Hootdunnit: Widows of Malabar Hill by Sujata Massey
Wednesday February 20 | 7:00PM - 8:30PM
1920s India: Perveen Mistry, Bombay's only female lawyer, is investigating a suspicious will on behalf of three Muslim widows living in full purdah when the case takes a turn toward the murderous. The author of the Agatha and Macavity Award–winning Rei Shimura novels brings us an atmospheric new historical mystery with a captivating heroine.
Perveen Mistry, the daughter of a respected Zoroastrian family, has just joined her father's law firm, becoming one of the first female lawyers in India. Armed with a legal education from Oxford, Perveen also has a tragic personal history that makes women's legal rights especially important to her.
Mistry Law has been appointed to execute the will of Mr. Omar Farid, a wealthy Muslim mill owner who has left three widows behind. But as Perveen examines the paperwork, she notices something strange: all three of the wives have signed over their full inheritance to a charity. What will they live on? Perveen is suspicious, especially since one of the widows has signed her form with an X—meaning she probably couldn't even read the document. The Farid widows live in full purdah—in strict seclusion, never leaving the women's quarters or speaking to any men. Are they being taken advantage of by an unscrupulous guardian? Perveen tries to investigate, and realizes her instincts were correct when tensions escalate to murder. Now it is her responsibility to figure out what really happened on Malabar Hill, and to ensure that no innocent women or children are in further danger.
Inspired in part by the woman who made history as India's first female attorney, The Widows of Malabar Hill is a richly wrought story of multicultural 1920s Bombay as well as the debut of a sharp new sleuth.
Book Club Meeting: The Ever After of Ashmin Rao by Padma Viswanathan
Thursday March 07 | 7:00PM - 8:30PM
In 2004, almost 20 years after the fatal bombing of an Air India flight from Vancouver that killed 329, two suspects --finally--are on trial for the crime. Ashwin Rao, an Indian psychologist trained in Canada, comes back to do a "study of comparative grief," interviewing people who lost loved ones in the attack. What he neglects to mention is that he, too, had family members who died on the plane. Then, to his delight and fear, he becomes embroiled in the lives of one family caught in the undertow of the tragedy, and privy to their secrets. This surprising emotional connection sparks him to confront his own losses. A book of post-9/11 Canada, The Ever After of Ashwin Rao imagines the lasting emotional and political consequences of a real-life act of terror, confronting what we might learn to live with and what we can live without.
Hootdunnit: Tangerine by Christine Mangan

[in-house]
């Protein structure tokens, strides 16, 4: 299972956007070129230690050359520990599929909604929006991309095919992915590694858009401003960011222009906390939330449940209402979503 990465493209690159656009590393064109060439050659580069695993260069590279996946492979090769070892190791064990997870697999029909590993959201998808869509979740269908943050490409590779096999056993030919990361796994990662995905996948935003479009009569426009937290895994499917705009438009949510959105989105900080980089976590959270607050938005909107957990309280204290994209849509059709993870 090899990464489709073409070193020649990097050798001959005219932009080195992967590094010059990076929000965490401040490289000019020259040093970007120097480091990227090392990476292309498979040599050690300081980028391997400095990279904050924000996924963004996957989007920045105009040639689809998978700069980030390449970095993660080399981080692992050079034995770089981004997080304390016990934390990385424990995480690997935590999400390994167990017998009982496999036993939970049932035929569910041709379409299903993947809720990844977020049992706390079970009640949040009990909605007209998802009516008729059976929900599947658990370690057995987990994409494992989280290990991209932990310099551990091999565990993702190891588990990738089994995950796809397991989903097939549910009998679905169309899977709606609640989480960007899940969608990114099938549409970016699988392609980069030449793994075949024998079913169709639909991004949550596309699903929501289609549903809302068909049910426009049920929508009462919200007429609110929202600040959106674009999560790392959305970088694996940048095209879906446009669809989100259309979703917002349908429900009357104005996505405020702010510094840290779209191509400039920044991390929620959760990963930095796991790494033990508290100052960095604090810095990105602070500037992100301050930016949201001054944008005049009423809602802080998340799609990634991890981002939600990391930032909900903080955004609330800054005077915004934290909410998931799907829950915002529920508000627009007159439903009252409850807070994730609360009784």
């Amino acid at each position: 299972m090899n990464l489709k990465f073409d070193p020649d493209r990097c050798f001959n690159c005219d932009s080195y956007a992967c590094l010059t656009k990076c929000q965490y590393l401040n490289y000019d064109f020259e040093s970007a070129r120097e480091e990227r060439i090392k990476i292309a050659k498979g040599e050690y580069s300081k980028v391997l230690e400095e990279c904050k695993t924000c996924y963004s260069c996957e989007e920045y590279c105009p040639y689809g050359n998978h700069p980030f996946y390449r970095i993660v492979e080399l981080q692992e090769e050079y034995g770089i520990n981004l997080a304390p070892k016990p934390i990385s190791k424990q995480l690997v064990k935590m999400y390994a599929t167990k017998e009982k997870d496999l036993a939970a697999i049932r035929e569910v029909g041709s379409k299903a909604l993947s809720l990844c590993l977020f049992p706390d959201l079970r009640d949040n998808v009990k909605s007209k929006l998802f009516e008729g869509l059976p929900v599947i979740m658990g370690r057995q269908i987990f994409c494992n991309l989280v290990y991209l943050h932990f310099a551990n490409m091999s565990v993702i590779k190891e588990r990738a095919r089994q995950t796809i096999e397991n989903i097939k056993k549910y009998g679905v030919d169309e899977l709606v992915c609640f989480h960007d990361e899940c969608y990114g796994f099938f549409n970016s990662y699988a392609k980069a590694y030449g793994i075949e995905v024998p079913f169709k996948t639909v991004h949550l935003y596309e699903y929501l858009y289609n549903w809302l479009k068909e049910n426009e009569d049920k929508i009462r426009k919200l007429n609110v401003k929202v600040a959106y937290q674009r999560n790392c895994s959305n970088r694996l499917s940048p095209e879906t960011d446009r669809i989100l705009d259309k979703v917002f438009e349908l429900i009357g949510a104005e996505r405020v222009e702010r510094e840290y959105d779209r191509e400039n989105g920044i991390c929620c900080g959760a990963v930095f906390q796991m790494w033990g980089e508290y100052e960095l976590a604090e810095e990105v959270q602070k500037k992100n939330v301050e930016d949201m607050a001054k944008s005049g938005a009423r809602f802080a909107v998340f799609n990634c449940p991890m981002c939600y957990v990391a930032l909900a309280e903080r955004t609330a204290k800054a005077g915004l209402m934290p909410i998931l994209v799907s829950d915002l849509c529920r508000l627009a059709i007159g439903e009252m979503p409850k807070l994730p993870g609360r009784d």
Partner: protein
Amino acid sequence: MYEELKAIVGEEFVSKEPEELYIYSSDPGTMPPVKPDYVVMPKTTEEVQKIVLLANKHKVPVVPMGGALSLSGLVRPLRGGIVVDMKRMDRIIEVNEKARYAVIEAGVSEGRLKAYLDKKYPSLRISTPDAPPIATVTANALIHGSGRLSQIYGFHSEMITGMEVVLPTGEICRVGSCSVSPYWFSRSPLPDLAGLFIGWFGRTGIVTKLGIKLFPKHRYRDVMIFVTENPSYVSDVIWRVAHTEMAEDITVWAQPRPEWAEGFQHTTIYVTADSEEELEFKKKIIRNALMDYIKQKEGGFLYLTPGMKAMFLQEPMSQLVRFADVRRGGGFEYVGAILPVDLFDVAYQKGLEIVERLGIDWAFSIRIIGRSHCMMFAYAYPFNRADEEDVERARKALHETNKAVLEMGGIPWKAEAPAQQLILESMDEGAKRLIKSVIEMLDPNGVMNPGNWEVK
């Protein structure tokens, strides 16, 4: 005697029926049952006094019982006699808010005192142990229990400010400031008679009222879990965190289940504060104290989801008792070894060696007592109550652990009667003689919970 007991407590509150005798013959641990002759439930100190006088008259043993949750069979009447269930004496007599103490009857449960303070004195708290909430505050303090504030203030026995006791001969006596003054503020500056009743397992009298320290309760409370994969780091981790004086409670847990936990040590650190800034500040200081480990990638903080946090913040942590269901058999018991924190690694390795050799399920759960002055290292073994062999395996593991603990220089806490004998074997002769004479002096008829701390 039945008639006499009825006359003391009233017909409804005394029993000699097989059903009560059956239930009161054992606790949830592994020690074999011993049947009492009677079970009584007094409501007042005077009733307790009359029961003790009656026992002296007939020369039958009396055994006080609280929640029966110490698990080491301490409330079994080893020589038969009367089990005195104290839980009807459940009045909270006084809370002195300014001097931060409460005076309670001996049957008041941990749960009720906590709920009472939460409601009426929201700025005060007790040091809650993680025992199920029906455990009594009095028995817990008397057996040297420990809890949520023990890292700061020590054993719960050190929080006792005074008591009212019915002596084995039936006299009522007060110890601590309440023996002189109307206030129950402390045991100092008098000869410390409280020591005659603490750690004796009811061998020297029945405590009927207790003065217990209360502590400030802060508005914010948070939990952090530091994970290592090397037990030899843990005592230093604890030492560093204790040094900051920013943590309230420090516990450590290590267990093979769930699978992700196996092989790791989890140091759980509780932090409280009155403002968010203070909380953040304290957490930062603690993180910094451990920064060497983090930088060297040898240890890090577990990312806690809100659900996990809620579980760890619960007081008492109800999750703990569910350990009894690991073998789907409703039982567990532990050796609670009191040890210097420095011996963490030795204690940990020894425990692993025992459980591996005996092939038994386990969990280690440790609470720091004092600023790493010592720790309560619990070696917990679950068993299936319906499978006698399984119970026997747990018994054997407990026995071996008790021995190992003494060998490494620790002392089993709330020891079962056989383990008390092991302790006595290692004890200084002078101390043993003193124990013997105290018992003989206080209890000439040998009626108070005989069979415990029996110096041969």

Wednesday March 20 | 7:00PM - 8:30PM
The last person Alice Shipley expected to see since arriving in Tangier with her new husband was Lucy Mason. After the accident at Bennington, the two friends—once inseparable roommates—haven’t spoken in over a year. But there Lucy was, trying to make things right and return to their old rhythms. Perhaps Alice should be happy. She has not adjusted to life in Morocco, too afraid to venture out into the bustling medinas and oppressive heat. Lucy—always fearless and independent—helps Alice emerge from her flat and explore the country.
But soon a familiar feeling starts to overtake Alice—she feels controlled and stifled by Lucy at every turn. Then Alice’s husband, John, goes missing, and Alice starts to question everything around her: her relationship with her enigmatic friend, her decision to ever come to Tangier, and her very own state of mind.
Tangerine is a sharp dagger of a book—a debut so tightly wound, so replete with exotic imagery and charm, so full of precise details and extraordinary craftsmanship, it will leave you absolutely breathless.
Optioned for film by George Clooney’s Smokehouse Pictures, with Scarlett Johansson to star
Book Club Meeting: The Grand Tour by Adam O'Fallon Price
Thursday April 04 | 7:00PM - 8:30PM
Richard Lazar is a failed novelist and an alcoholic, living in a trailer in Phoenix. But when he publishes a gritty memoir about his service in the Vietnam War, he becomes an almost instantaneous success. Sent on a book tour by his publishing house, Richard encounters his biggest fan: an awkward, depressed student named Vance.
Vance has problems of his own. But when he volunteers to chauffeur Richard for the rest of the tour, the two of them wind up on a hilariously disastrous cross-country road trip, gradually coming to bond as only two misanthropes can. The Grand Tour is the story of an unlikely frienship, and a panoramic view of America from a bold new voice in fiction.
Hootdunnit: When the Flood Falls by Jayne Barnard
Wednesday April 17 | 7:00PM - 8:30PM
When a phantom stalker targets her friend, Lacey McCrae’s crime-busting skills are tested to their limits.
With her career in tatters and her marriage receding in the rear-view mirror, ex-RCMP corporal Lacey McCrae trades her uniform for a tool belt, and the Lower Mainland for the foothills west of Calgary. Amid the oil barons, hockey stars, and other high rollers who inhabit the wilderness playground is her old university roommate, Dee Phillips. Dee’s glossy life was shaken by a reckless driver; now she’s haunted by a nighttime prowler only she can hear.